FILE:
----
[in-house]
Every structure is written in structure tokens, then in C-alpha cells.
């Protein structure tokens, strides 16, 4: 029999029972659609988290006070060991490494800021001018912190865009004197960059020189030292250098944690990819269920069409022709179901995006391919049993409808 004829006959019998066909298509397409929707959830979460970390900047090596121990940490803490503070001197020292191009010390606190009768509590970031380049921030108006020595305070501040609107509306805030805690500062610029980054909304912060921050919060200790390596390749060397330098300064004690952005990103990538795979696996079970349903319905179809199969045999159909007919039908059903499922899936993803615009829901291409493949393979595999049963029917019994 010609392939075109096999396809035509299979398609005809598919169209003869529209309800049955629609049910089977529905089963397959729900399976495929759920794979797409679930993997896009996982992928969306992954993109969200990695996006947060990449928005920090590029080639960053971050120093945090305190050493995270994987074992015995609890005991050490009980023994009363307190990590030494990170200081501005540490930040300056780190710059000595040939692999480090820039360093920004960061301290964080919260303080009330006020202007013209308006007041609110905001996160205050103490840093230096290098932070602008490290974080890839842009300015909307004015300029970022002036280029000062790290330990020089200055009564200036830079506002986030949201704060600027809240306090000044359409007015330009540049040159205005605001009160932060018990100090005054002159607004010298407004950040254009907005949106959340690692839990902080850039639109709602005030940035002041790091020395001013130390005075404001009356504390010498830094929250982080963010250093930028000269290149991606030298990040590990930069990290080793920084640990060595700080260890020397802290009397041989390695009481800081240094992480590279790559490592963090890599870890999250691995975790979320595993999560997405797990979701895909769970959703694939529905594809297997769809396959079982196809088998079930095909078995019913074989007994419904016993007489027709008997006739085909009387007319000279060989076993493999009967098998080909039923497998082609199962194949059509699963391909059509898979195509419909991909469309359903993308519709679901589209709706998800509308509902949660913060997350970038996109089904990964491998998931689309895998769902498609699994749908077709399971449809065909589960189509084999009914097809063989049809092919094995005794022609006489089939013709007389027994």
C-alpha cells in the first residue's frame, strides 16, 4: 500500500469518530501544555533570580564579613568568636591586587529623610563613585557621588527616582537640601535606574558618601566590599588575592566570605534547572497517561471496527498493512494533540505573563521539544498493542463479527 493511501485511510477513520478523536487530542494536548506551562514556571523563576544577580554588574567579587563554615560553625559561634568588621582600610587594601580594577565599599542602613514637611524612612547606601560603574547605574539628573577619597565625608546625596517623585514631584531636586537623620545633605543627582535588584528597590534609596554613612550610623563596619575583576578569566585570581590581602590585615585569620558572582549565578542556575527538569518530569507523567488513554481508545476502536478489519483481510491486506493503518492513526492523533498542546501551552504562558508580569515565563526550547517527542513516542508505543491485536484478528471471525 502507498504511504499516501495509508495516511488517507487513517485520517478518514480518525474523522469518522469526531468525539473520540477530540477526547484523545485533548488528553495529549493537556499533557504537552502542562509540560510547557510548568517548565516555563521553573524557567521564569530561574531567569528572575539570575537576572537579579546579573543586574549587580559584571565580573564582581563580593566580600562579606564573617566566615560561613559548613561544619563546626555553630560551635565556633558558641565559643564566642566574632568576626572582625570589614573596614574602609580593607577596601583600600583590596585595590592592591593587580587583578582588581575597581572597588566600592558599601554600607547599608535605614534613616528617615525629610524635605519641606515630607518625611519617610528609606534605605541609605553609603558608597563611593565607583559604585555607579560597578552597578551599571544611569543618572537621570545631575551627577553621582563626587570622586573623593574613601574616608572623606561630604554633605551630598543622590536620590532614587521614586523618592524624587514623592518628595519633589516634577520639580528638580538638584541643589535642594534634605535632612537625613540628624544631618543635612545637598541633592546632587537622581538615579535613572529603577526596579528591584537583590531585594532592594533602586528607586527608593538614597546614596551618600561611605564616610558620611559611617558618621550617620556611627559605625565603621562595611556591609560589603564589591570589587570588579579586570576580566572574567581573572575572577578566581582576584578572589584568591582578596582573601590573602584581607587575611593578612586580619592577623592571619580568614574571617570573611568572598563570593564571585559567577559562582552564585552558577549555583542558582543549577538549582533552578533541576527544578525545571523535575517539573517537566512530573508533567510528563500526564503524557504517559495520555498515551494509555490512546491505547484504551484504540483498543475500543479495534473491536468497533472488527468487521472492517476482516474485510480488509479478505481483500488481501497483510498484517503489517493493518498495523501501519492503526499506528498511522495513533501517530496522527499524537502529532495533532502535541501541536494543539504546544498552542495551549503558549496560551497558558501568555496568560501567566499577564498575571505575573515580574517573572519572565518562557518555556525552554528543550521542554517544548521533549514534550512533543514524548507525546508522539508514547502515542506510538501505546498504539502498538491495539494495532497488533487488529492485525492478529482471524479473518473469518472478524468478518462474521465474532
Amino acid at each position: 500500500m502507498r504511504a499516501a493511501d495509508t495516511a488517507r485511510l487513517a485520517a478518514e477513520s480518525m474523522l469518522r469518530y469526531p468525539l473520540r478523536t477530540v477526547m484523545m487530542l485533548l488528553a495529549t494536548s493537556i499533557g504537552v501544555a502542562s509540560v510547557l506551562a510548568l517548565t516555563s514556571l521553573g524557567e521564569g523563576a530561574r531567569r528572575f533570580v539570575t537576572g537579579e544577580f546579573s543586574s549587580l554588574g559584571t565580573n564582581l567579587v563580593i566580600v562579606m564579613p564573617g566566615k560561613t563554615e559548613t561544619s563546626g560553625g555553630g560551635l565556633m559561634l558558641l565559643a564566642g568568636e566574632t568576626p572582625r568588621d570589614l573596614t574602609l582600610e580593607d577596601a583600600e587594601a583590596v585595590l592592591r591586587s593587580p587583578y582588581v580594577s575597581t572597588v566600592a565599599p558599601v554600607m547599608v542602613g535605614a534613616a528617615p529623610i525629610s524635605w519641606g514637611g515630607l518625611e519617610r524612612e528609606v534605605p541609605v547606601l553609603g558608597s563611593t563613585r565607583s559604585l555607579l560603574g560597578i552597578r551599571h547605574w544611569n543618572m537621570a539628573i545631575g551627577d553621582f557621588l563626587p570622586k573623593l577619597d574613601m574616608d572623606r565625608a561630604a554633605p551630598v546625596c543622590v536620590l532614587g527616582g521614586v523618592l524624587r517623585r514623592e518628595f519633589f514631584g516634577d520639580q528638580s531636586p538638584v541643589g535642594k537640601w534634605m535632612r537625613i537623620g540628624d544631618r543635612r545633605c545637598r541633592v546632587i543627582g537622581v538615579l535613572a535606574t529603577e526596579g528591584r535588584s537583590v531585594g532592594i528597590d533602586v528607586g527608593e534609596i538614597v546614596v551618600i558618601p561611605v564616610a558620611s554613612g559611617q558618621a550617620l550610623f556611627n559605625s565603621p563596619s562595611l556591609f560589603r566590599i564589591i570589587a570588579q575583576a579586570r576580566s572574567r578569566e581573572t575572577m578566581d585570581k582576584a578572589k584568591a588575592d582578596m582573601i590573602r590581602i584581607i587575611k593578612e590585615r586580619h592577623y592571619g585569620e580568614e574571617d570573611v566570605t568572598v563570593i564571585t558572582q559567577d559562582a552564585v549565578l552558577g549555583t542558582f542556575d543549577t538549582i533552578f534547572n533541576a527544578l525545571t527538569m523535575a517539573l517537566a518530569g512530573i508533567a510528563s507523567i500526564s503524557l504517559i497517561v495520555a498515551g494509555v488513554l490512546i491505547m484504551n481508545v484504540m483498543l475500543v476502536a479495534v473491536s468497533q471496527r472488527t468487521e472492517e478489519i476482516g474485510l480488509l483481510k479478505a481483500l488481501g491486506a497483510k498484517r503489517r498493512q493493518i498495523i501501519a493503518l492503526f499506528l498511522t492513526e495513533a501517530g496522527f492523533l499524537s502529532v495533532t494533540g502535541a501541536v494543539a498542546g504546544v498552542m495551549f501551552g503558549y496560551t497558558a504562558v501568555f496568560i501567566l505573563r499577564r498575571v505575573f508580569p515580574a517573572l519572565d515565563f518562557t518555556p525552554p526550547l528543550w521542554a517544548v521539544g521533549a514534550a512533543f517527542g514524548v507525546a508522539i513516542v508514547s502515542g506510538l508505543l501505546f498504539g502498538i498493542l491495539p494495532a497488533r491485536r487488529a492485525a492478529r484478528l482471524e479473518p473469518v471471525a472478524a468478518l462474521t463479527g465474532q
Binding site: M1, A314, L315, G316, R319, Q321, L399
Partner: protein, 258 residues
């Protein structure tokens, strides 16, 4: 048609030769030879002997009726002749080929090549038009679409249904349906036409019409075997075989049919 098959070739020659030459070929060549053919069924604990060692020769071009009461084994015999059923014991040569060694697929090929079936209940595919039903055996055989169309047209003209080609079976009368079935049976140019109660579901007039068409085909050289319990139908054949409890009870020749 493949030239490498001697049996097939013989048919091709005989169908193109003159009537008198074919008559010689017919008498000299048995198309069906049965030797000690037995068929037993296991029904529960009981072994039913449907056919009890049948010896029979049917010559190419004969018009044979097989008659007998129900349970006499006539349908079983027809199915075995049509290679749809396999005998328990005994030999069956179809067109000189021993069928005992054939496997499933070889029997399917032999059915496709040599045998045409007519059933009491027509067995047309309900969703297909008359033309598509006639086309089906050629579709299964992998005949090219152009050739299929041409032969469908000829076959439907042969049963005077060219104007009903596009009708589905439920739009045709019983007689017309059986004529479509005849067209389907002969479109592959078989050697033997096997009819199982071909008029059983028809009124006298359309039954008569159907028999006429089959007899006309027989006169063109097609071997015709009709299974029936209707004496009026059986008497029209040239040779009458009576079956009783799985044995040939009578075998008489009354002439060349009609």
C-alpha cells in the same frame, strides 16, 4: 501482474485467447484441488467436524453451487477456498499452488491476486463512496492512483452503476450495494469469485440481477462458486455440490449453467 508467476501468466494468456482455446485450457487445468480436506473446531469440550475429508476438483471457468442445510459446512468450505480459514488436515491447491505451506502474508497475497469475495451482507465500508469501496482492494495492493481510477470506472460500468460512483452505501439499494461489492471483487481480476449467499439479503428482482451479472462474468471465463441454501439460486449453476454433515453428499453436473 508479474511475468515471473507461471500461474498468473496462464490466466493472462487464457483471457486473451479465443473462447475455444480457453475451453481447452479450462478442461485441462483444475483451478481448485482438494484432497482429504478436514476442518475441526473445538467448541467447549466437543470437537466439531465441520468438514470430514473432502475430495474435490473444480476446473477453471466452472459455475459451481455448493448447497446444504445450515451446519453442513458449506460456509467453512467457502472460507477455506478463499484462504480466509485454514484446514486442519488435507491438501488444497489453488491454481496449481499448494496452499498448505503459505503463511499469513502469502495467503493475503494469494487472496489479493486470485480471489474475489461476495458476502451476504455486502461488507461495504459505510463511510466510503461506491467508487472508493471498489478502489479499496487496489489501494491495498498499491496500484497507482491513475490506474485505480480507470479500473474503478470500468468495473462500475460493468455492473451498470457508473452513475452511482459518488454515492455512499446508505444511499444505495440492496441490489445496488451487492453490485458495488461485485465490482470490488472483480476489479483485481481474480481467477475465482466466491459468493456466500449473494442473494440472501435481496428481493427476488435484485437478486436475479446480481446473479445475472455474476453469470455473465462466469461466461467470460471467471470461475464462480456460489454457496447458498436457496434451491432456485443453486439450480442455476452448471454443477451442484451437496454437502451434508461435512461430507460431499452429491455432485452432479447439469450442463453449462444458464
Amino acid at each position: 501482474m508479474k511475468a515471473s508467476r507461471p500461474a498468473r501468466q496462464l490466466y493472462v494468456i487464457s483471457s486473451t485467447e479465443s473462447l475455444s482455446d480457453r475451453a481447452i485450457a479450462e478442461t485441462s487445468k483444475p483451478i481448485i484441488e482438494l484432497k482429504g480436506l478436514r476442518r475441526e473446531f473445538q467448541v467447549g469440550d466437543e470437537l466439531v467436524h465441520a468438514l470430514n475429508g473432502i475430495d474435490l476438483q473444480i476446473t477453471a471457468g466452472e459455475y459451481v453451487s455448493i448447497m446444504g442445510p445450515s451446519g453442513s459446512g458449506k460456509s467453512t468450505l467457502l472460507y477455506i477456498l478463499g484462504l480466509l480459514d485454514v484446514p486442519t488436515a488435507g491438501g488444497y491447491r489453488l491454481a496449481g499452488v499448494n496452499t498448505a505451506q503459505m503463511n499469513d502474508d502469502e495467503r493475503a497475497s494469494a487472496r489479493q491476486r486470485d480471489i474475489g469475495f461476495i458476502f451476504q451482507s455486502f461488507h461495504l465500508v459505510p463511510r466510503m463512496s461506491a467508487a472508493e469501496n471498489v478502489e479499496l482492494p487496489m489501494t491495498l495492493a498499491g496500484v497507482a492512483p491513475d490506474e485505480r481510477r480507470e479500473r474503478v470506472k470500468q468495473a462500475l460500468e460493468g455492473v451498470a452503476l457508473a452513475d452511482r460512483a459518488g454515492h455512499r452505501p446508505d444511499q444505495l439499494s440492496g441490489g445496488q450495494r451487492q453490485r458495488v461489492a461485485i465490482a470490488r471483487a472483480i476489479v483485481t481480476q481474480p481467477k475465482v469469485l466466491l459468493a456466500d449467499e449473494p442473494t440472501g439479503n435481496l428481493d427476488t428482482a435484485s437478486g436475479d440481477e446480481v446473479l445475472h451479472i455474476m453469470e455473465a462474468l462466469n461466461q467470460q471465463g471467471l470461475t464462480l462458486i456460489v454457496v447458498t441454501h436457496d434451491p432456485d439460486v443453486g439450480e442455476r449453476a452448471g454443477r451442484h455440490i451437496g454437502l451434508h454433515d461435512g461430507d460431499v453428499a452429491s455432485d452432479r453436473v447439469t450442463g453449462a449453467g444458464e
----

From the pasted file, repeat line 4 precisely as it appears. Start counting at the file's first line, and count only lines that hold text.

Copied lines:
C-alpha cells in the first residue's frame, strides 16, 4: 500500500469518530501544555533570580564579613568568636591586587529623610563613585557621588527616582537640601535606574558618601566590599588575592566570605534547572497517561471496527498493512494533540505573563521539544498493542463479527 493511501485511510477513520478523536487530542494536548506551562514556571523563576544577580554588574567579587563554615560553625559561634568588621582600610587594601580594577565599599542602613514637611524612612547606601560603574547605574539628573577619597565625608546625596517623585514631584531636586537623620545633605543627582535588584528597590534609596554613612550610623563596619575583576578569566585570581590581602590585615585569620558572582549565578542556575527538569518530569507523567488513554481508545476502536478489519483481510491486506493503518492513526492523533498542546501551552504562558508580569515565563526550547517527542513516542508505543491485536484478528471471525 502507498504511504499516501495509508495516511488517507487513517485520517478518514480518525474523522469518522469526531468525539473520540477530540477526547484523545485533548488528553495529549493537556499533557504537552502542562509540560510547557510548568517548565516555563521553573524557567521564569530561574531567569528572575539570575537576572537579579546579573543586574549587580559584571565580573564582581563580593566580600562579606564573617566566615560561613559548613561544619563546626555553630560551635565556633558558641565559643564566642566574632568576626572582625570589614573596614574602609580593607577596601583600600583590596585595590592592591593587580587583578582588581575597581572597588566600592558599601554600607547599608535605614534613616528617615525629610524635605519641606515630607518625611519617610528609606534605605541609605553609603558608597563611593565607583559604585555607579560597578552597578551599571544611569543618572537621570545631575551627577553621582563626587570622586573623593574613601574616608572623606561630604554633605551630598543622590536620590532614587521614586523618592524624587514623592518628595519633589516634577520639580528638580538638584541643589535642594534634605535632612537625613540628624544631618543635612545637598541633592546632587537622581538615579535613572529603577526596579528591584537583590531585594532592594533602586528607586527608593538614597546614596551618600561611605564616610558620611559611617558618621550617620556611627559605625565603621562595611556591609560589603564589591570589587570588579579586570576580566572574567581573572575572577578566581582576584578572589584568591582578596582573601590573602584581607587575611593578612586580619592577623592571619580568614574571617570573611568572598563570593564571585559567577559562582552564585552558577549555583542558582543549577538549582533552578533541576527544578525545571523535575517539573517537566512530573508533567510528563500526564503524557504517559495520555498515551494509555490512546491505547484504551484504540483498543475500543479495534473491536468497533472488527468487521472492517476482516474485510480488509479478505481483500488481501497483510498484517503489517493493518498495523501501519492503526499506528498511522495513533501517530496522527499524537502529532495533532502535541501541536494543539504546544498552542495551549503558549496560551497558558501568555496568560501567566499577564498575571505575573515580574517573572519572565518562557518555556525552554528543550521542554517544548521533549514534550512533543514524548507525546508522539508514547502515542506510538501505546498504539502498538491495539494495532497488533487488529492485525492478529482471524479473518473469518472478524468478518462474521465474532